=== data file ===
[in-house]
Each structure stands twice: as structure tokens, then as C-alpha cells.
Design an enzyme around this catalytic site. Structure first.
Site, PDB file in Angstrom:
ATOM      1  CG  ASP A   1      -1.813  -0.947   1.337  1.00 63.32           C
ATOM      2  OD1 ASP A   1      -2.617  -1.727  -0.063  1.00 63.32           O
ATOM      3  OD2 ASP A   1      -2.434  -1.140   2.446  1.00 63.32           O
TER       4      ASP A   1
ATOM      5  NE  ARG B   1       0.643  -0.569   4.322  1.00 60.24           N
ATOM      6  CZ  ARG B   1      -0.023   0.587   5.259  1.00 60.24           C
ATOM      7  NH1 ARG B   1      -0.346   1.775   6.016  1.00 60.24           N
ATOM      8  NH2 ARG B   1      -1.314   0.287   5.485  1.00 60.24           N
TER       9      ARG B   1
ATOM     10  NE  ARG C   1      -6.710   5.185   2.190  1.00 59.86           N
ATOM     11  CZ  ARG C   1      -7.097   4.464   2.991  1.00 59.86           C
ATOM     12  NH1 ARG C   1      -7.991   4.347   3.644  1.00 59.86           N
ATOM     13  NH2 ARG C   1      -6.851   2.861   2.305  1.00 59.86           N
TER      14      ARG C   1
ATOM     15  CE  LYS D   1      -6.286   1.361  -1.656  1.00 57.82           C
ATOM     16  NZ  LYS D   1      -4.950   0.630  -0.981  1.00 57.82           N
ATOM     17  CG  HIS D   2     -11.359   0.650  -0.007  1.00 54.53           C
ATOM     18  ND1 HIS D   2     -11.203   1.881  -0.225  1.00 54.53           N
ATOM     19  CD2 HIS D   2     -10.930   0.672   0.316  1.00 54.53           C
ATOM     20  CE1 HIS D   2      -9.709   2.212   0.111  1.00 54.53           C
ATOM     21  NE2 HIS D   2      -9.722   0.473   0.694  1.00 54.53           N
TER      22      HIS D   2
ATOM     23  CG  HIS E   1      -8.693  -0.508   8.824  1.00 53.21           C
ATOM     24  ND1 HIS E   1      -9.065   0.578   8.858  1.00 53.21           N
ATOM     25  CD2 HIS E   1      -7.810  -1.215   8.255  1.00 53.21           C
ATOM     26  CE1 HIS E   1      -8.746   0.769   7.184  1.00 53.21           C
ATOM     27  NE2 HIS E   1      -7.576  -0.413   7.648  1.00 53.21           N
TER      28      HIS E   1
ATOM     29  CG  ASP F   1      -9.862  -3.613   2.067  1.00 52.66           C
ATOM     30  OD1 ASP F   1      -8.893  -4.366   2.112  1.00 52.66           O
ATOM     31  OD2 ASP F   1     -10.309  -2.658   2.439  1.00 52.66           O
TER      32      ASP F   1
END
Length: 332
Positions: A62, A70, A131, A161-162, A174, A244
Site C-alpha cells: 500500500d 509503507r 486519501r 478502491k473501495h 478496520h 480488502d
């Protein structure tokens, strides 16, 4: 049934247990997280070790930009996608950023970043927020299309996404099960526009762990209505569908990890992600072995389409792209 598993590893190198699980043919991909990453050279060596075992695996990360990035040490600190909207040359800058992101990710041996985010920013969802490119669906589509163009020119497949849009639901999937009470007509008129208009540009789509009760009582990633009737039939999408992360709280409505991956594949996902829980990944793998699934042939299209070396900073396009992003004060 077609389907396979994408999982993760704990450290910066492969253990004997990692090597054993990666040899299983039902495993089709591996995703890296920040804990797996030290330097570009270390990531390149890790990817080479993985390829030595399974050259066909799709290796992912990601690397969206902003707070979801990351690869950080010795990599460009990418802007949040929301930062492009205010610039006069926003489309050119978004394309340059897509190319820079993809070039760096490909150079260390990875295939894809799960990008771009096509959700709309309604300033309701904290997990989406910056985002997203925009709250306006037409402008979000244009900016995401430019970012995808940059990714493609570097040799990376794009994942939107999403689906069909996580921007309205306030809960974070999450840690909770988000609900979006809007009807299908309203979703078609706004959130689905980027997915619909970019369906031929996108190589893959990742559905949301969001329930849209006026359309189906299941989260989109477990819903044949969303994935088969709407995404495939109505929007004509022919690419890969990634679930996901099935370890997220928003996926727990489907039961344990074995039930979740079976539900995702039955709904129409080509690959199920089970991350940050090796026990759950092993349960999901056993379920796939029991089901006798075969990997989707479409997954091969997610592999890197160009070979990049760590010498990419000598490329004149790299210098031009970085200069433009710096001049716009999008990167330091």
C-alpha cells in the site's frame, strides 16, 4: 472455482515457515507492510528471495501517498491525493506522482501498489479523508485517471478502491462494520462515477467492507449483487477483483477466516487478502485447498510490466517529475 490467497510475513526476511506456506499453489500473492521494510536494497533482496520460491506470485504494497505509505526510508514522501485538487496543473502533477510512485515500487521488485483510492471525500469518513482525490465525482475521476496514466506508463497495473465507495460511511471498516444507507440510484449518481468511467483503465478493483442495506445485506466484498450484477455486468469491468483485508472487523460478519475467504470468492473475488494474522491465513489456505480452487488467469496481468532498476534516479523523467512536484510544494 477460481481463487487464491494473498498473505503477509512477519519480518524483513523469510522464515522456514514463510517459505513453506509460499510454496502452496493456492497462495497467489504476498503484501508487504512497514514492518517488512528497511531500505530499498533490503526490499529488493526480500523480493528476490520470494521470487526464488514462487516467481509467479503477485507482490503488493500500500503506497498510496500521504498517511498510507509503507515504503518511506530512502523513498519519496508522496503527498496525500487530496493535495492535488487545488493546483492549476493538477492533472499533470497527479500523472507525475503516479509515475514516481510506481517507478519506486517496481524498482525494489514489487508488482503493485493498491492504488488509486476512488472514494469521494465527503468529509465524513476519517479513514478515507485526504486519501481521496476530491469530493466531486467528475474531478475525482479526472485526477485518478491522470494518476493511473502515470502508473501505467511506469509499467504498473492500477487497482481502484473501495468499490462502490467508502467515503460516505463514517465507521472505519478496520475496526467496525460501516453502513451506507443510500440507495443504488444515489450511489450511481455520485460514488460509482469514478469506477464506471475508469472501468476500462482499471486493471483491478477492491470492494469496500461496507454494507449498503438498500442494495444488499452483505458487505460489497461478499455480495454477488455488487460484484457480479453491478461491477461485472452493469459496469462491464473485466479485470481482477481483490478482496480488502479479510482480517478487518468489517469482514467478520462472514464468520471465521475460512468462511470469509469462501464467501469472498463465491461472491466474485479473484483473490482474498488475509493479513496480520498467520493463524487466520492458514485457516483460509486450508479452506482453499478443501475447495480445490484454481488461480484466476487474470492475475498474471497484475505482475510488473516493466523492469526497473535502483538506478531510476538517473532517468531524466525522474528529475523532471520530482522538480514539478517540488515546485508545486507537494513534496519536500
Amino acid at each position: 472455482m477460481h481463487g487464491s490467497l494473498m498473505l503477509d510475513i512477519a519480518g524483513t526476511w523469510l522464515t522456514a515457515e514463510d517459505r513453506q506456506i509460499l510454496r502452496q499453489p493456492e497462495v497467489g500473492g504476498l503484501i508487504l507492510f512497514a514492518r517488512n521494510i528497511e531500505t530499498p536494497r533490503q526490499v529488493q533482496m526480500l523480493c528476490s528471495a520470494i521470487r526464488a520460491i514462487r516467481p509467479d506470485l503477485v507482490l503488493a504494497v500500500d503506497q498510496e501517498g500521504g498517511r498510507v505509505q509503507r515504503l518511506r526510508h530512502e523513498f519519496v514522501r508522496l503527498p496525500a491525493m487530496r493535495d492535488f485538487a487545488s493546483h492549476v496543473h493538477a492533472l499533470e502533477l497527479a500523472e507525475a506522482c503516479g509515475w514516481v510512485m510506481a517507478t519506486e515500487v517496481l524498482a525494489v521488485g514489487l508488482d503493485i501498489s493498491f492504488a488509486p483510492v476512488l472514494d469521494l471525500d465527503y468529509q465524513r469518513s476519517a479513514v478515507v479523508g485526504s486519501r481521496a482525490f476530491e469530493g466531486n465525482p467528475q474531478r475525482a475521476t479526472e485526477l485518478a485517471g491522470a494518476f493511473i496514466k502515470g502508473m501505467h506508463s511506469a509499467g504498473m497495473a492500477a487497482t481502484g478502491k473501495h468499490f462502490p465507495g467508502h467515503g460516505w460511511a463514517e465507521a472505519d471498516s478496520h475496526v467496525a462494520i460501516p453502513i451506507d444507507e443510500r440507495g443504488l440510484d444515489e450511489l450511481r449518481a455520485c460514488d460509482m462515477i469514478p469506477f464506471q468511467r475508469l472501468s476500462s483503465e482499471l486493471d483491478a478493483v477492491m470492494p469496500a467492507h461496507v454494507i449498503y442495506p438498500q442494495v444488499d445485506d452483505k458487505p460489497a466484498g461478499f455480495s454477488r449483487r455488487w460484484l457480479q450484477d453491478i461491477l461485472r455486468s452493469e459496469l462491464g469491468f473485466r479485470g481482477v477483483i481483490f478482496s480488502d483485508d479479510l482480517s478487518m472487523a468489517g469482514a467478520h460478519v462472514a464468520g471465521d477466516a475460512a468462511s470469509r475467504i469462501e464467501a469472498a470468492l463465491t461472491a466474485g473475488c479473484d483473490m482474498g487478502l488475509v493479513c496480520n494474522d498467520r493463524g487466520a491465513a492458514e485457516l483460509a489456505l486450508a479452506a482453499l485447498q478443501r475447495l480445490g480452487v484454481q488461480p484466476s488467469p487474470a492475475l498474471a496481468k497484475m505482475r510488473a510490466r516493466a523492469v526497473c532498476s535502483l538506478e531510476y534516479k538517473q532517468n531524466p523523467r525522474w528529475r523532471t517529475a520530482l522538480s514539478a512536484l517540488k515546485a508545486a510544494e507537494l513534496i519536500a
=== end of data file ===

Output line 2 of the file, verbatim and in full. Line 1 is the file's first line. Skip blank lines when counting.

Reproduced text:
Each structure stands twice: as structure tokens, then as C-alpha cells.